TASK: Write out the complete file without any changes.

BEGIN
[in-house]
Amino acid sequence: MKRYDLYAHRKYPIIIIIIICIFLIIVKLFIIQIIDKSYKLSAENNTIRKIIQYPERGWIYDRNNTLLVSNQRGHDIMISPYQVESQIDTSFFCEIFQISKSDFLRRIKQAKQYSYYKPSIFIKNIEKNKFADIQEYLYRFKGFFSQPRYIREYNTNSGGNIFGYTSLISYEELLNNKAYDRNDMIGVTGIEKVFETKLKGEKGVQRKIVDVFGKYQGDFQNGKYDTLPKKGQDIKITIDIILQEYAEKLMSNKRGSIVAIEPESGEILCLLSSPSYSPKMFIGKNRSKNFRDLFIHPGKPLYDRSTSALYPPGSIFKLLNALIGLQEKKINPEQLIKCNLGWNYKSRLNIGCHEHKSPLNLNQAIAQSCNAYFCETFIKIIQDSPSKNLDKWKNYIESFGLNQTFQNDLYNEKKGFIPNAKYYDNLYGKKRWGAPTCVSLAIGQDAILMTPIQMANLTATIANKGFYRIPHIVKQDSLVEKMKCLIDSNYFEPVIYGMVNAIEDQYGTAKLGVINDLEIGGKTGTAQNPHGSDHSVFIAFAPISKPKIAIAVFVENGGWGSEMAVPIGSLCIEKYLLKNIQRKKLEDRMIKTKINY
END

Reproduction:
[in-house]
Amino acid sequence: MKRYDLYAHRKYPIIIIIIICIFLIIVKLFIIQIIDKSYKLSAENNTIRKIIQYPERGWIYDRNNTLLVSNQRGHDIMISPYQVESQIDTSFFCEIFQISKSDFLRRIKQAKQYSYYKPSIFIKNIEKNKFADIQEYLYRFKGFFSQPRYIREYNTNSGGNIFGYTSLISYEELLNNKAYDRNDMIGVTGIEKVFETKLKGEKGVQRKIVDVFGKYQGDFQNGKYDTLPKKGQDIKITIDIILQEYAEKLMSNKRGSIVAIEPESGEILCLLSSPSYSPKMFIGKNRSKNFRDLFIHPGKPLYDRSTSALYPPGSIFKLLNALIGLQEKKINPEQLIKCNLGWNYKSRLNIGCHEHKSPLNLNQAIAQSCNAYFCETFIKIIQDSPSKNLDKWKNYIESFGLNQTFQNDLYNEKKGFIPNAKYYDNLYGKKRWGAPTCVSLAIGQDAILMTPIQMANLTATIANKGFYRIPHIVKQDSLVEKMKCLIDSNYFEPVIYGMVNAIEDQYGTAKLGVINDLEIGGKTGTAQNPHGSDHSVFIAFAPISKPKIAIAVFVENGGWGSEMAVPIGSLCIEKYLLKNIQRKKLEDRMIKTKINY